15 Now the people were waiting expectantly, and all of them were questioning in their hearts whether John might be the Messiah. 16 John answered them all, “I baptize you with water, but one who is more powerful than I am is coming. I am not worthy to untie the strap of his sandals. He will baptize you with the Holy Spirit and fire. 17 His winnowing shovel is in his hand to clear his threshing floor and gather the wheat into his barn, but the chaff he will burn with fire that never goes out.” 18 Then, along with many other exhortations, he proclaimed good news to the people. 19 But when John rebuked Herod the tetrarch because of Herodias, his brother’s wife, and all the evil things he had done, 20 Herod added this to everything else—he locked up John in prison.
Have you ever received credit for something you didn’t do? One day I gave a presentation to a group of business owners. During the Q&A, a guy said some nice things about work I had done for his son a few years earlier. The guy was really over the top in his praise. When he finished his comments, I thanked him but pointed out that most of the work had been done by a colleague in my firm. Afterwards, a lady came up and thanked me for my humility. But I explained that I wasn’t being humble—I was just being honest. I didn’t deserve the praise the guy had given me.
Looking back on that situation, I could have easily just accepted the nice things the guy was saying and moved on. But that’s not to imply I have humility figured out. In fact, quite the opposite is true. In the ‘70s, Mac Davis wrote a popular country song that included the phrase, “Oh lord, it’s hard to be humble….” It was a funny song, but he had a serious point. Humility doesn’t come naturally.
I marvel at John’s humility during this fascinating story in Luke 3. I mean, seriously, how easy would it have been for John to suddenly say, “You people are right; I am your Messiah” and then move on to a life of power and glory? Truth is, it’s natural to want glory, to want praise, to want adoration. It’s man’s sinful nature. We want to be like God, but only He deserves glory, praise and adoration.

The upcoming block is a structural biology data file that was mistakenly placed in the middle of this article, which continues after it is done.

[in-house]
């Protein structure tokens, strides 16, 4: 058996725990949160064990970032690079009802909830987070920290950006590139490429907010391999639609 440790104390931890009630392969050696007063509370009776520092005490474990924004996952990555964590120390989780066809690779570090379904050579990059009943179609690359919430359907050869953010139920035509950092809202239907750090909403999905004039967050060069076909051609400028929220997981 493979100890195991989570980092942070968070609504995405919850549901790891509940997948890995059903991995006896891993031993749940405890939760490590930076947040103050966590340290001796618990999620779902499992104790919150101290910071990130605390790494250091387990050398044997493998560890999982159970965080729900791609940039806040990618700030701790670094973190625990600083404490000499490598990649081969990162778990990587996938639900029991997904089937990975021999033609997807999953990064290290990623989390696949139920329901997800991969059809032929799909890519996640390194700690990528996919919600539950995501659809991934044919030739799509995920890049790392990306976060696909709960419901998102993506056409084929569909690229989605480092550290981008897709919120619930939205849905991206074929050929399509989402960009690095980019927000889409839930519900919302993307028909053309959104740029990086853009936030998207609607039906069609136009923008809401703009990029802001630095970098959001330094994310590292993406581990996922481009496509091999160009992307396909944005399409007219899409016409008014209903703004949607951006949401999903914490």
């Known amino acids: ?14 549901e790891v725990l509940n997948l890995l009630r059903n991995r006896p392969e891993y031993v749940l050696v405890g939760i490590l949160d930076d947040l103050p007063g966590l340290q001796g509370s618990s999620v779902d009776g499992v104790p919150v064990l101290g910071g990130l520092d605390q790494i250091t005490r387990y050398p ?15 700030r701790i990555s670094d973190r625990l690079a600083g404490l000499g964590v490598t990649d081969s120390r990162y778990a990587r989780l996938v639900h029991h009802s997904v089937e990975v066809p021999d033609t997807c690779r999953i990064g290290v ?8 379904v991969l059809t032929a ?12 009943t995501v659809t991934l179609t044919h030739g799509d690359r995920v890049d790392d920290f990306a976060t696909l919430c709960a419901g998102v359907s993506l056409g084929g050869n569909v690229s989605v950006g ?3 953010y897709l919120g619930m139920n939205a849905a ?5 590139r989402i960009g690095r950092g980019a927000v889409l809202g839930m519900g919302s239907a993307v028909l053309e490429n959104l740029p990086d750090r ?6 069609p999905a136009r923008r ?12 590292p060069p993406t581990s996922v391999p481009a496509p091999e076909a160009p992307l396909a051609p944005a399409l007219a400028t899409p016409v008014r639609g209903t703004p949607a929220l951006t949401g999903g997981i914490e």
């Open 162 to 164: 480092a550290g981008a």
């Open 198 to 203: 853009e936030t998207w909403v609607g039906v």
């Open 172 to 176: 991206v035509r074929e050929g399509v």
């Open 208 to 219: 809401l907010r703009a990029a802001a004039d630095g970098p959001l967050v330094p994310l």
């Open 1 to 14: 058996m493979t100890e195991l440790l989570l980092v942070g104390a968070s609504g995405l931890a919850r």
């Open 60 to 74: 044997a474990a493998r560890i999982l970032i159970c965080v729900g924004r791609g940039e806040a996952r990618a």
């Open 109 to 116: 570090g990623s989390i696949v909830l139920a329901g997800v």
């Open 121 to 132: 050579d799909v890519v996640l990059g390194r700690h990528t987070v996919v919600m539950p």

God’s Word includes dozens of references to humility, if not hundreds. I love Psalm 37:11, “But the meek shall inherit the land and delight themselves in abundant peace.” And of course, that concept is reiterated in Jesus’ Sermon on the Mount in Matthew 5, “Blessed are the humble, for they will inherit the earth.”
There is value in humility. As we see with John, humility is the starting point for us to make our life a witness for Jesus Christ. John’s simple acknowledgement of who he wasn’t was one of the most significant acts of humility ever, because it laid the foundation for the coming Messiah.
But make no mistake: humility is not natural, nor is it easy. Humility starts by recognizing who God is and who we aren’t. It’s a moment-by-moment thing. Praising God for who He is not just something we say—it’s revealed in the way we live. Honoring God in every aspect of our lives is the surest way to keep our humility in check.
Questions to Ask Yourself
- Have you ever been in a public setting when you got praised for something? How did it make you feel?
- How can humility be a vehicle for you to reach others for Christ?
- Matthew writes in chapter 18 verse 4, “Whoever humbles himself like this child is the greatest in the kingdom of heaven.” How can you make this verse applicable in your life every day?
Pray for generosity in the Body of Christ for missions (the Great Commission). Obedience in stewardship results in people hearing the gospel and having the opportunity to be in relationship with God forever.